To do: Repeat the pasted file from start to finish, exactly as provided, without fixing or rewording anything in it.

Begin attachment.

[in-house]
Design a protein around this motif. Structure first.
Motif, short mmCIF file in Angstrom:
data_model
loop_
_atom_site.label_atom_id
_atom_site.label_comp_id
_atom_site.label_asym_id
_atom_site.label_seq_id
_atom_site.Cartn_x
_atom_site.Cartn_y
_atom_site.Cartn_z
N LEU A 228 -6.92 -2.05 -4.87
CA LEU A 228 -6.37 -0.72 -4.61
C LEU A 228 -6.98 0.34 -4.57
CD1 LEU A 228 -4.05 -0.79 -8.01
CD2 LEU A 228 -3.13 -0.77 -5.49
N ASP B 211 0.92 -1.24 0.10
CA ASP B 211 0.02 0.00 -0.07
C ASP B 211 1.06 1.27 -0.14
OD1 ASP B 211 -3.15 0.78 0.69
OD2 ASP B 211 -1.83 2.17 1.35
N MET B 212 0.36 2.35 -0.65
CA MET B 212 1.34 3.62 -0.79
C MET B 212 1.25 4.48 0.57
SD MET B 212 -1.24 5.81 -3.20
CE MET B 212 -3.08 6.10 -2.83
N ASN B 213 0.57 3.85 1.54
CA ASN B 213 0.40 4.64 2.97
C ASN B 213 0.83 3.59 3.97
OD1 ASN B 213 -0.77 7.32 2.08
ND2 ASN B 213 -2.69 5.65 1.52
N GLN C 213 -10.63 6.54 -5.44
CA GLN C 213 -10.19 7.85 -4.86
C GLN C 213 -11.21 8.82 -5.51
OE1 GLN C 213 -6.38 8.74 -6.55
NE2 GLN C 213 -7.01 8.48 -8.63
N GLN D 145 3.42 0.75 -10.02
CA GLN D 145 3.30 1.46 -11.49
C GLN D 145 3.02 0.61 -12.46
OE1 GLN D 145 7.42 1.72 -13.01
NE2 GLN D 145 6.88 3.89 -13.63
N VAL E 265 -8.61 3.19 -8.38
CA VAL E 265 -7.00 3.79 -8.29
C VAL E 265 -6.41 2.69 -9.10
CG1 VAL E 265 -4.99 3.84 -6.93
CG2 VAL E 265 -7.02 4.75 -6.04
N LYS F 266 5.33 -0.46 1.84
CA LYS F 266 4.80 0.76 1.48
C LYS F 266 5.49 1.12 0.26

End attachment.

[in-house]
Design a protein around this motif. Structure first.
Motif, short mmCIF file in Angstrom:
data_model
loop_
_atom_site.label_atom_id
_atom_site.label_comp_id
_atom_site.label_asym_id
_atom_site.label_seq_id
_atom_site.Cartn_x
_atom_site.Cartn_y
_atom_site.Cartn_z
N LEU A 228 -6.92 -2.05 -4.87
CA LEU A 228 -6.37 -0.72 -4.61
C LEU A 228 -6.98 0.34 -4.57
CD1 LEU A 228 -4.05 -0.79 -8.01
CD2 LEU A 228 -3.13 -0.77 -5.49
N ASP B 211 0.92 -1.24 0.10
CA ASP B 211 0.02 0.00 -0.07
C ASP B 211 1.06 1.27 -0.14
OD1 ASP B 211 -3.15 0.78 0.69
OD2 ASP B 211 -1.83 2.17 1.35
N MET B 212 0.36 2.35 -0.65
CA MET B 212 1.34 3.62 -0.79
C MET B 212 1.25 4.48 0.57
SD MET B 212 -1.24 5.81 -3.20
CE MET B 212 -3.08 6.10 -2.83
N ASN B 213 0.57 3.85 1.54
CA ASN B 213 0.40 4.64 2.97
C ASN B 213 0.83 3.59 3.97
OD1 ASN B 213 -0.77 7.32 2.08
ND2 ASN B 213 -2.69 5.65 1.52
N GLN C 213 -10.63 6.54 -5.44
CA GLN C 213 -10.19 7.85 -4.86
C GLN C 213 -11.21 8.82 -5.51
OE1 GLN C 213 -6.38 8.74 -6.55
NE2 GLN C 213 -7.01 8.48 -8.63
N GLN D 145 3.42 0.75 -10.02
CA GLN D 145 3.30 1.46 -11.49
C GLN D 145 3.02 0.61 -12.46
OE1 GLN D 145 7.42 1.72 -13.01
NE2 GLN D 145 6.88 3.89 -13.63
N VAL E 265 -8.61 3.19 -8.38
CA VAL E 265 -7.00 3.79 -8.29
C VAL E 265 -6.41 2.69 -9.10
CG1 VAL E 265 -4.99 3.84 -6.93
CG2 VAL E 265 -7.02 4.75 -6.04
N LYS F 266 5.33 -0.46 1.84
CA LYS F 266 4.80 0.76 1.48
C LYS F 266 5.49 1.12 0.26